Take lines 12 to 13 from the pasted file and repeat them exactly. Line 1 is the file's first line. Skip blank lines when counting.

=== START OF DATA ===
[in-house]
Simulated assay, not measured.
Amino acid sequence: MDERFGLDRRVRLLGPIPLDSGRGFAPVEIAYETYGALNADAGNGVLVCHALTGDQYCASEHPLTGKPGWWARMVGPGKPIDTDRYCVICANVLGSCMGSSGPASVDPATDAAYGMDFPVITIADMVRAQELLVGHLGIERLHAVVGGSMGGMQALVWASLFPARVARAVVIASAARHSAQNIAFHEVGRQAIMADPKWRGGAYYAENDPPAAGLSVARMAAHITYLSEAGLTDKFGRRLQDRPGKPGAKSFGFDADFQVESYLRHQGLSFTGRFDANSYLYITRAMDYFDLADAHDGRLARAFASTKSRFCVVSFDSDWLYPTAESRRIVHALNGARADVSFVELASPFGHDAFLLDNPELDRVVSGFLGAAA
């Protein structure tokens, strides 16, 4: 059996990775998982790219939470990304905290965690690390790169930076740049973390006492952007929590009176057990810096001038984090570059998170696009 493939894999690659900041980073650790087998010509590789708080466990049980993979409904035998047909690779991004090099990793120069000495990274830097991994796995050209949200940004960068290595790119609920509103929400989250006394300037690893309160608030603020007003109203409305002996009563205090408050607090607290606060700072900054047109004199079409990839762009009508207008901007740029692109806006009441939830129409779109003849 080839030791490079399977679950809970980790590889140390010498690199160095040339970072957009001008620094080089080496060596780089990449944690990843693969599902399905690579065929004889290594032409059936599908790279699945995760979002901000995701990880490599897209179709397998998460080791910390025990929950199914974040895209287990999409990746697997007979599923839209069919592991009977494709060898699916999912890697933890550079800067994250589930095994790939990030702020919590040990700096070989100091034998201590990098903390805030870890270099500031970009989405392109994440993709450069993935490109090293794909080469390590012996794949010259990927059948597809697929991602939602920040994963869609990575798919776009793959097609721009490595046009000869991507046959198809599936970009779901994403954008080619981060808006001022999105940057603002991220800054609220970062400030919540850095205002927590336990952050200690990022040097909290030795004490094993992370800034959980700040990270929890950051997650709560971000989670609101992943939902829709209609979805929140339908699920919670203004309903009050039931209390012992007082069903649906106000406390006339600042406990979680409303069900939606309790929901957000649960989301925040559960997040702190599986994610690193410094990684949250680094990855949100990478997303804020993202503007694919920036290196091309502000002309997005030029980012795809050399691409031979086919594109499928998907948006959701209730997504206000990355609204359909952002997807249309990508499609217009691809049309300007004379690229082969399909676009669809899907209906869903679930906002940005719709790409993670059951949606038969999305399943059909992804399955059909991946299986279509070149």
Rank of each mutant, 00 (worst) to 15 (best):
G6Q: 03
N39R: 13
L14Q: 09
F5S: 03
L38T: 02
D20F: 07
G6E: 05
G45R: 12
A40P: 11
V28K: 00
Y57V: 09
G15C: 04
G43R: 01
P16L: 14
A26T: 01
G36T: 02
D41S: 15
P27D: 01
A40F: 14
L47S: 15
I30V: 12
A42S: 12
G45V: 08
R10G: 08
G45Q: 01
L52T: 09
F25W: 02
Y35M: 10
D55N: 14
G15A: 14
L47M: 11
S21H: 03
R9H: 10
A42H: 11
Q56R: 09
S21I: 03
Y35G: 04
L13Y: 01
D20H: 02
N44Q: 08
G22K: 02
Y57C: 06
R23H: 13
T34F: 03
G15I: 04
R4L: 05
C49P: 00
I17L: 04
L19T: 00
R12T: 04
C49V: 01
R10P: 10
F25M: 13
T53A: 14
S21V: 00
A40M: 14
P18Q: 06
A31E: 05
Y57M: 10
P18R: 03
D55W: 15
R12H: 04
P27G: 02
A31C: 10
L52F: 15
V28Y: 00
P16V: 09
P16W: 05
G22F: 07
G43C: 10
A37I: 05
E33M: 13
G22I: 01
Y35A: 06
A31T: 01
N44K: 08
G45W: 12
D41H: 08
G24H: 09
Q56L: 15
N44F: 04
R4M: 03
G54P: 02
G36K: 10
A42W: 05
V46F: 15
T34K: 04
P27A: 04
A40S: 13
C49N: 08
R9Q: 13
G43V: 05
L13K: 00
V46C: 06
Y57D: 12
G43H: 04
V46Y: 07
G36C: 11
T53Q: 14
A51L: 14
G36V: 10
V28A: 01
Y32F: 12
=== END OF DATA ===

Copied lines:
G6E: 05
G45R: 12